! J. Hilton and R.M. Bateman (2006): Pteridosperms are the backbone of seed-plant phylogeny. In PDF, Journal of the Torrey Botanical Society, 133: 119-168.

The International Willi Hennig Society.

David E. Joyce, Department of Mathematics and Computer Science, Clark University, Worcester, MA: Phylogeny and Reconstructing Phylogenetic Trees. These few pages describe the problem of reconstructing phylogenetic trees. A demo for two Java applets run on the viewer's browser.

M. Kearney (2002): Fragmentary taxa, missing data, and ambiguity: mistaken assumptions and conclusions. PDF file, Systematic biology, 51: 369-381.

! Michel Laurin (2012): Recent progress in paleontological methods for dating the Tree of Life. In PDF, Frontiers in Genetics, 3.

S. Lehtonen (2011): Towards Resolving the Complete Fern Tree of Life. In PDF.

Diana Lipscomb, George Washington University, Washington, DC: Basics of Cladistic Analysis. In PDF. This guide is designed to acquaint students with the basic principles and methods of cladistic analysis.

Jonathan B. Losos and D. Luke Mahler (2010): Chapter 15, Adaptive radiation: the interaction of ecological opportunity, adaptation, and speciation. PDF file. Provided by the Internet Archive´s Wayback Machine.

W. Maddison and D. Maddison, University of Arizona: Mesquite. A modular system for evolutionary analysis. To analyze data for evolutionary patterns, biologists are relying increasingly on specialized software. Mesquite, a Java-based software, allow many programmers to contribute building blocks to a common system with platform independence.

! S. Mathews (2009): Phylogenetic relationships among seed plants: persistent questions and the limits of molecular data. In PDF, American Journal of Botany, 96: 228-236.

Eugene G. Maurakis and William Woolcott, Science Museum of Virginia, Richmond: Phylogenetic Systematics Video. The video, accompanied by an instructor´s guide, is an educational tool that can be used as an introduction to phylogenectic systematics. With costs.

! J. McNeill et al. (2012): Guidelines for proposals to conserve or reject names. In PDF, Taxon, 61: 248-251.
This expired link is available through the Internet Archive´s Wayback Machine.

H. Morlon et al. (2011): Reconciling molecular phylogenies with the fossil record. In PDF, PNAS, 108: 16327-16332.

! Dan Nickrent, Kevin C. Nixon & Dale Vitt (Curatorial Board; website served from Southern Illinois University, Carbondale): Phyto Images. This site includes a wide variety of vascular plant and bryophyte photos of high quality. Phyto Images belongs to DOL (, which is a web interface based on the Encino Software Project. The Encino project is a unified set of software tools for storing, retrieving, and analyzing biodiversity. Search the Cladogramm Database or use the Diagnostic Keys. Superbly done!

! Kevin C. Nixon, L.H. Bailey Hortorium, Cornell University Ithaca, NY: Paleobotany in cladistics and cladistics in paleobotany: enlightenment and uncertainty. Review of Palaeobotany and Palynology, Volume 90, Issues 3-4, February 1996, Pages 361-373.

Robert Nordsieck, Vienna, Austria: The Living World of Molluscs, Begriffe aus der Kladistik (in German).

Rod Page, Division of Ecology and Evolutionary Biology, Faculty of Biomedical and Life Sciences, University of Glasgow: COMPONENT 2.0. Now free of charge! This is a computer program for analysing evolutionary trees.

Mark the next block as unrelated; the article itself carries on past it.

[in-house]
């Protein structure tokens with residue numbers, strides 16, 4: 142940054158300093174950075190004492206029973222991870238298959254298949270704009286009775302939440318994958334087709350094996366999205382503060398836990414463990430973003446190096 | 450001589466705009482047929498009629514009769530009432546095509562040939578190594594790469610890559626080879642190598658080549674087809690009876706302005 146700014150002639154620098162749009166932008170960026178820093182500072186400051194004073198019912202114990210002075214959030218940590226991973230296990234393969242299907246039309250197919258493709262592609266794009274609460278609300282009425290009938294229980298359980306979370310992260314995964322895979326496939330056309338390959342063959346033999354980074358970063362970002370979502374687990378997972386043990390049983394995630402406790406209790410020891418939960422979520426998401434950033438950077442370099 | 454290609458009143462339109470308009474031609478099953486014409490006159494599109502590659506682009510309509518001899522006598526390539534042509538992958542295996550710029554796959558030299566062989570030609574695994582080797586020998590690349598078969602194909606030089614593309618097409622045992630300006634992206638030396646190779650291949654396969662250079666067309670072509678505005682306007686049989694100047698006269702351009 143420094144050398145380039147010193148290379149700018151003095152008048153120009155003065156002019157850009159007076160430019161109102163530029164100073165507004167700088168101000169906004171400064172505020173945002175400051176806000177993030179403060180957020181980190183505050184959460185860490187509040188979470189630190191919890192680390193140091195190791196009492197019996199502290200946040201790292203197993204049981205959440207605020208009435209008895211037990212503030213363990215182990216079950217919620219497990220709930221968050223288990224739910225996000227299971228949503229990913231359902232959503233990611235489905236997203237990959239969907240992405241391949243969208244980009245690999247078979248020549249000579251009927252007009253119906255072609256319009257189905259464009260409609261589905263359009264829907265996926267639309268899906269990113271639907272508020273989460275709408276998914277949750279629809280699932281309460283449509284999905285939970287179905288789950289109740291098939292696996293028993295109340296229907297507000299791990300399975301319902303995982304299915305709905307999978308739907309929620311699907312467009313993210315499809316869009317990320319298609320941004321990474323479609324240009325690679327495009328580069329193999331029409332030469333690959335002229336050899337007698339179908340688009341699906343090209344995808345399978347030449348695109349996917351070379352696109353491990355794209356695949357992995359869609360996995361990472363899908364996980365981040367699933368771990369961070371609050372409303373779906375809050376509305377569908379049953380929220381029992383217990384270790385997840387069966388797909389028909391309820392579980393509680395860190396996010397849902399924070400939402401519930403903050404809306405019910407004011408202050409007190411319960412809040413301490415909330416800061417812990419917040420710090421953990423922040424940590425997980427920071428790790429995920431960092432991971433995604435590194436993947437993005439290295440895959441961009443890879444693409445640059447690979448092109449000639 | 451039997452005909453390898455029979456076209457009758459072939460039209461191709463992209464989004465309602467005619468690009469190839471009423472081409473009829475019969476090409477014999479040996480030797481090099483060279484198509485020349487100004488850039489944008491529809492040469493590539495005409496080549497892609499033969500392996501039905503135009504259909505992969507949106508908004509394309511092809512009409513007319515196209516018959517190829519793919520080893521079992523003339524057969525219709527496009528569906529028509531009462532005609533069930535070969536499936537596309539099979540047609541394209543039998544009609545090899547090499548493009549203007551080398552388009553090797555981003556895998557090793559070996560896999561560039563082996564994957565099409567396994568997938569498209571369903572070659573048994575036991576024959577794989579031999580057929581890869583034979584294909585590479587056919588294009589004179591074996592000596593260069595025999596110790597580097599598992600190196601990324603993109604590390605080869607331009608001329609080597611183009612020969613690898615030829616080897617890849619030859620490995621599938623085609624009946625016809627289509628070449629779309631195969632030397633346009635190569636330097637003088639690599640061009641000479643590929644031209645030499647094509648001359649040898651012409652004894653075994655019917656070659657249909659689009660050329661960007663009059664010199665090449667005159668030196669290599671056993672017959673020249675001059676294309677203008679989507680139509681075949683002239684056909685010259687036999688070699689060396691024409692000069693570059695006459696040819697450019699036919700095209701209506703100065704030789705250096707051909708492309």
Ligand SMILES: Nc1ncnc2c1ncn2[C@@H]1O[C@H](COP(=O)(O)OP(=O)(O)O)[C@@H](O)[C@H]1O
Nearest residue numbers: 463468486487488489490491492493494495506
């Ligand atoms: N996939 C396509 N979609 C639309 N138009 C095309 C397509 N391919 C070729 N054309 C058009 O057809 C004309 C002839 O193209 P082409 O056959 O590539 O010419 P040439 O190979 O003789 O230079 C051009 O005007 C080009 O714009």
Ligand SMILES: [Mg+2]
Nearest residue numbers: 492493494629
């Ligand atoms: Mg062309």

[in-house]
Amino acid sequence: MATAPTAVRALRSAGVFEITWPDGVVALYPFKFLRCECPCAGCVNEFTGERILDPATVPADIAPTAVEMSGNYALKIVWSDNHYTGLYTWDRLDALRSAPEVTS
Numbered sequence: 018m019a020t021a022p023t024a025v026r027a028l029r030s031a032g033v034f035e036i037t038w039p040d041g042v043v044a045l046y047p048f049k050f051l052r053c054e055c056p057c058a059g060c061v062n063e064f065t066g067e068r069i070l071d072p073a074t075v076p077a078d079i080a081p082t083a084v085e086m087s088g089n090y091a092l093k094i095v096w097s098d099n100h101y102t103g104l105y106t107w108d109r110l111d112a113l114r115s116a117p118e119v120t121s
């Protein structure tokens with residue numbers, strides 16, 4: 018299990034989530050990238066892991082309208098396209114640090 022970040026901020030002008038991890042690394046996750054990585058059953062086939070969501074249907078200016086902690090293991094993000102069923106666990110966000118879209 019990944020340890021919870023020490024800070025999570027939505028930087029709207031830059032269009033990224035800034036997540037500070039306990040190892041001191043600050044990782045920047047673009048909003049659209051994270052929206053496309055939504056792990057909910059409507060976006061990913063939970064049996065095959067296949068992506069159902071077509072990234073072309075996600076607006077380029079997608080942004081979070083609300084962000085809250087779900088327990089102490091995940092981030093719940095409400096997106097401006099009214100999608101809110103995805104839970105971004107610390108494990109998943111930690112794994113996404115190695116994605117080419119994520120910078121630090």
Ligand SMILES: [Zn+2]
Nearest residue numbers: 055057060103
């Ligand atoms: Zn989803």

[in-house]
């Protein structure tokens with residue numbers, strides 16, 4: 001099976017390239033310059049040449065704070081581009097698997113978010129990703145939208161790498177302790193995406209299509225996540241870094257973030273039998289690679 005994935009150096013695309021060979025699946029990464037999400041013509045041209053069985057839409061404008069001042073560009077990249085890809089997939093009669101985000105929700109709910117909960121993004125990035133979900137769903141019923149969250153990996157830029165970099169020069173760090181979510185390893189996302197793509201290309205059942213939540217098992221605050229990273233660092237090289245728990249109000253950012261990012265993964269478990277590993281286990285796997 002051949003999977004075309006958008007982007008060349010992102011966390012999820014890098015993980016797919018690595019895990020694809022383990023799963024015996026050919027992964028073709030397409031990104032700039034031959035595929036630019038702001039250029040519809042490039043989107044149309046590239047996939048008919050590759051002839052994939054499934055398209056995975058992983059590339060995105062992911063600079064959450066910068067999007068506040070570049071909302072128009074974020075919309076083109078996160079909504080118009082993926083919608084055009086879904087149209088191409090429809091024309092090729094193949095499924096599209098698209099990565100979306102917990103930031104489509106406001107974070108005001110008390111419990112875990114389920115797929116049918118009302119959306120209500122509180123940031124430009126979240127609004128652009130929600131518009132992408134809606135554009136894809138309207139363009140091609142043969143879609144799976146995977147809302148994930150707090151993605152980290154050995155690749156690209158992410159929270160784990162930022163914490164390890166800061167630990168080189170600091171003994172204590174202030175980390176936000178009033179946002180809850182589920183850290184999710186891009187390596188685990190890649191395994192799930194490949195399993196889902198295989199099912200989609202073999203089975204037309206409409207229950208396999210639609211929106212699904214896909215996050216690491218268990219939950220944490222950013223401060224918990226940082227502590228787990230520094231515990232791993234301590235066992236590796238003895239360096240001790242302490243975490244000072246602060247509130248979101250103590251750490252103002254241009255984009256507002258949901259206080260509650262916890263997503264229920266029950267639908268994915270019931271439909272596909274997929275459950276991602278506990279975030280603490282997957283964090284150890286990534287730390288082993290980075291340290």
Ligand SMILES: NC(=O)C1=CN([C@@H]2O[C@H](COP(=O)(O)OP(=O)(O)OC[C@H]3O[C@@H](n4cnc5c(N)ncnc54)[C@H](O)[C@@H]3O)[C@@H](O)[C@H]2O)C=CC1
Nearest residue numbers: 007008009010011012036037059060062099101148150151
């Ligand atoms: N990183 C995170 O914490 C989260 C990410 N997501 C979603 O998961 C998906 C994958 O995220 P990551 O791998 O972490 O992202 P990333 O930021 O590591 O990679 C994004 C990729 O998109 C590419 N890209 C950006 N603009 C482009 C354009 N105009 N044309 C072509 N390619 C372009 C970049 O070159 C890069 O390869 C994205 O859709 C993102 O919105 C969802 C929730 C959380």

Jeffrey D. Palmer et al. (2004): The plant tree of life: an overview and some points of view. PDF file, American Journal of Botany, 91: 1437-1445. See also here.

Norman I. Platnick, Division of Invertebrate Zoology, American Museum of Natural History, New York NY: From Cladograms to Classifications: The Road to DePhylocode (PDF file).

T.B. Quental, C.R. Marshall (2010): Diversity dynamics: molecular phylogenies need the fossil record. In PDF, Trends in Ecology & Evolution.

! RationalWiki (offering often criticism and satirical articles, a rival website to Conservapedia): Cladistics.

ScaleNet, Background Information: Glossary. Glossary of terms pertaining to nomenclature.

M. Schmitt (2010): Willi Hennig, the cautious revolutioniser. In PDF, Palaeodiversity, 3, Supplement: 3-9.

M. Schmitt (2003): Willi Hennig and the rise of cladistics. In PDF, The New Panorama of Animal Evolution.
Now provided by the Internet Archive´s Wayback Machine.

Mark E. Siddall, American Museum of Natural History, New York, NY: Phylogenetics: just methods. Various methods in systematics.

! Society of Australian Systematic Biologists (SASB): Introductory Glossary of Cladistic Terms.

W.E. Stein (1987): Phylogenetic analysis and fossil plants. PDF file, Review of palaeobotany and palynology.

David L. Swofford, Florida State University: PAUP: Phylogenetic Analysis Using Parsimony (and Other Methods) 4.0 Beta. A software package for inference of evolutionary trees, for use in Macintosh, UNIX/VMS, or Windows/DOS-based formats. Provided by the Internet Archive´s Wayback Machine.
Go to: AWTY. A system for graphical exploration of Markov chain Monte Carlo (MCMC) convergence in Bayesian phylogenetic inference. See also:
Beta Documentation (in PDF).

D. Tautz (2006), starting on PDF page 09: Morphologie versus DNA-Sequenzen in der Phylogenie-Rekonstruktion. PDF file, in German. Species, Phylogeny and Evolution 1. Themenheft Phylogenetisches Symposium Göttingen: Der Stellenwert der Morphologie in der heutigen Phylogenetische Systematik.
This expired link is available through the Internet Archive´s Wayback Machine.

TreeView. Tree drawing software for Apple Macintosh and Windows.

! N.J. Wickett et al. (2014): Phylotranscriptomic analysis of the origin and early diversification of land plants. In PDF, PNAS 111, see also here.

! Wikipedia, the free encyclopedia:
Botanical nomenclature,
Scientific classification.

! The Willi Hennig Society. The Hennig Society was founded with the expressed purpose of promoting the field of Phylogenetic Systematics.
Go to: Education. A link directory, still available via Internet Archive Wayback Machine.
See also: Bernd Hennig and Arnold G. Kluge: Willi Hennig.

! E.O. Wiley, D. Siegel-Causey, D.R. Brooks and V.A. Funk (1991): The Compleat Cladist: A Primer of Phylogenetic Procedures. PDF file, University of Kansas Museum Of Natural History Special Publication 19.
See also here.

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This index is compiled and maintained by Klaus-Peter Kelber, Würzburg,
Last updated January 13, 2017